Pennisetum glaucum AQUEOUS EXTRACT SUPPRESSES GROWTH OF SOME WEED SPECIES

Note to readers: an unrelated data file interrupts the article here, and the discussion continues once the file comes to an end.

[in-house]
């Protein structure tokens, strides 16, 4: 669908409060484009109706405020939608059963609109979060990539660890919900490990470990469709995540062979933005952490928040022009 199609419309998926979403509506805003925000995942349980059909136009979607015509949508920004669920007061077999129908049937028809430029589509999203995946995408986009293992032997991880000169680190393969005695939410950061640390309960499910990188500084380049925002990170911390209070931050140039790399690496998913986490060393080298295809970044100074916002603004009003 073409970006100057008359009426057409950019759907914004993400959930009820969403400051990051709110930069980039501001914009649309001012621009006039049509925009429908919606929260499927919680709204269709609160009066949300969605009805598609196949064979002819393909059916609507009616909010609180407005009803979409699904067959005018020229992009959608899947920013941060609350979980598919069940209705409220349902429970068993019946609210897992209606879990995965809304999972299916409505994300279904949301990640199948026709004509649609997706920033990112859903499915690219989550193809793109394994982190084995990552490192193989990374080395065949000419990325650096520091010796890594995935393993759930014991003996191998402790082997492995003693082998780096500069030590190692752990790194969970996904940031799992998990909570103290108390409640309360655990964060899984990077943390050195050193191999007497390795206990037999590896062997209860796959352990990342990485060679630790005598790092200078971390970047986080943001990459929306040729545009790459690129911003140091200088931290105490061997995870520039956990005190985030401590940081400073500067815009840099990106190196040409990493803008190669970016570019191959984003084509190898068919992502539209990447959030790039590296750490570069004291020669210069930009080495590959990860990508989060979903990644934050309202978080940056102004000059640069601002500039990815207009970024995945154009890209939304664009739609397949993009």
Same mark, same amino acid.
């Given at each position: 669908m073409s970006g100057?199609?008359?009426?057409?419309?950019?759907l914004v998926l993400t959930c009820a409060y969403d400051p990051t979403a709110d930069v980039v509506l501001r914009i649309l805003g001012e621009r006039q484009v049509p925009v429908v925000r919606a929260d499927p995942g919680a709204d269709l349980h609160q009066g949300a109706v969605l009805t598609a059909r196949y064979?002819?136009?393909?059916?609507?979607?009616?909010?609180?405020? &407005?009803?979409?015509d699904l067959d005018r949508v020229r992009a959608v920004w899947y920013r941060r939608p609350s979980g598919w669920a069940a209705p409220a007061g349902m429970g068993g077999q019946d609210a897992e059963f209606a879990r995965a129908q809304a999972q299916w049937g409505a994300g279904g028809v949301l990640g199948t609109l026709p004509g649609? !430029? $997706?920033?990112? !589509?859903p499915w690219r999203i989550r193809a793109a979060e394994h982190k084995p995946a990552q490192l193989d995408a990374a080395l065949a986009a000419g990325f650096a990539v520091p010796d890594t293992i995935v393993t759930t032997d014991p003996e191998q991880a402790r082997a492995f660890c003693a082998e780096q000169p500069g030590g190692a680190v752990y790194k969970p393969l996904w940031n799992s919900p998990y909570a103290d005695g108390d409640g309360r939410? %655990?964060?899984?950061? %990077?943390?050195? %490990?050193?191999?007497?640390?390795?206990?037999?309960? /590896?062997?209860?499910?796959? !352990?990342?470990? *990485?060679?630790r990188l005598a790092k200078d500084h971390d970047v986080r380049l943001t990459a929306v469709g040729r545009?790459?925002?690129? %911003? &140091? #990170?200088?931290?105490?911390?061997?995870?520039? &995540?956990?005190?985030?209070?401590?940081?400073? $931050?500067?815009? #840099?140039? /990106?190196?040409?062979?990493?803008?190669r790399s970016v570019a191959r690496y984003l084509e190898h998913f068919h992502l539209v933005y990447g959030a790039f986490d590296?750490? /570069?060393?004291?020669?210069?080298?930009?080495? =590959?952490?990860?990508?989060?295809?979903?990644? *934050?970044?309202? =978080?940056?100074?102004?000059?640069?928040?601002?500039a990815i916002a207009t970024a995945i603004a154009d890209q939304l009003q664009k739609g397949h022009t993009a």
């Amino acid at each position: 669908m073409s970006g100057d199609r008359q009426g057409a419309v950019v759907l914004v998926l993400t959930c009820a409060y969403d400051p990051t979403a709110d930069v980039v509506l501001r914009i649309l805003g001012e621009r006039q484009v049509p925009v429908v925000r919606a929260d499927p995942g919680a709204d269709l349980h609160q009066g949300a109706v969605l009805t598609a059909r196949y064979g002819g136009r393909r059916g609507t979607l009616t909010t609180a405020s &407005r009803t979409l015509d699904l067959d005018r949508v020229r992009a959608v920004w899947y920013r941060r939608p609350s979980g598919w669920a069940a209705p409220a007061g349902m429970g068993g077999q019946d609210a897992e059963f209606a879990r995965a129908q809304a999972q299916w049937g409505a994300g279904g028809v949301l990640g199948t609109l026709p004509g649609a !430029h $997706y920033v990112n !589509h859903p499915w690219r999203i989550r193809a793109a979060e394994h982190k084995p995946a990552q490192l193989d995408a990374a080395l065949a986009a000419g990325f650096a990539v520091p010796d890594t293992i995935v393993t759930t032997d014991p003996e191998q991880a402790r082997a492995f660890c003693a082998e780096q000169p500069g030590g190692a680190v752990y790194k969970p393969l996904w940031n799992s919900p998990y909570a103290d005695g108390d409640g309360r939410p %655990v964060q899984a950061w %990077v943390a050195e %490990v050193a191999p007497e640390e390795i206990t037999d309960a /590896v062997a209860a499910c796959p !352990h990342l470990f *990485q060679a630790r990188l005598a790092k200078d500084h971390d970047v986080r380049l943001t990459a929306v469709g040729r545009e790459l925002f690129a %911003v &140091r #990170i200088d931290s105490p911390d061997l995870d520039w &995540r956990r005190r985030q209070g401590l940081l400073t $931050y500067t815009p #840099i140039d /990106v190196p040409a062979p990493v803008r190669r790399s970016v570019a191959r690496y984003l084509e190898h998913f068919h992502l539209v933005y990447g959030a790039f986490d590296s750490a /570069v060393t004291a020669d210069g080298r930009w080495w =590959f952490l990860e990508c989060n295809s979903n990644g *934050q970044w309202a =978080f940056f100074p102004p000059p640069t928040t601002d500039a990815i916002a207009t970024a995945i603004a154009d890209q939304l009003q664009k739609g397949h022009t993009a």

A laboratory study was conducted to investigate the allelopathic effects of aqueous extract of Pennisetum glaucum on different noxious weed species i.e., signal grass (Brachiaria reptans), common lambsquarters (Chenopodium album), field bindweed (Convolvulus arvensis), broadleaf dock (Rumex dentatus), jungle rice (Echinochloa colona), slender amaranth (Amaranthus viridis), snake cucumber (Cucumis melo var. agrestis) and milk thistle (Sonchus asper). Five different concentrations (25, 30, 35, 40, 45 g/L) of pearl millet aqueous extract along with control (distill water) were used to decipher its efficacy on aforementioned weed species. Various parameters were studied including germination (%), root and shoot length, root and shoot weight and plant fresh weight. The study revealed very strong phytotoxic effects of millet aqueous extract on all the studied parameters when applied at 45 g L-1, whereas use of 25 g L-1 aqueous extract was found less effective compared with control showing some stimulation in plant growth. Milk thistle (Sonchus asper) and snake cucumber (Cucumis melo) were most susceptible, whereas signal grass (Brachiaria reptans) was resistant to aqueous extract of pearl millet. The data indicated that aqueous extract of pearl millet has inhibitory effects on weeds growth at higher concentrations (45 g L-1). Further research is suggested to fine tune the efficacy of pearl millet extract for their commercial utilization in weed management.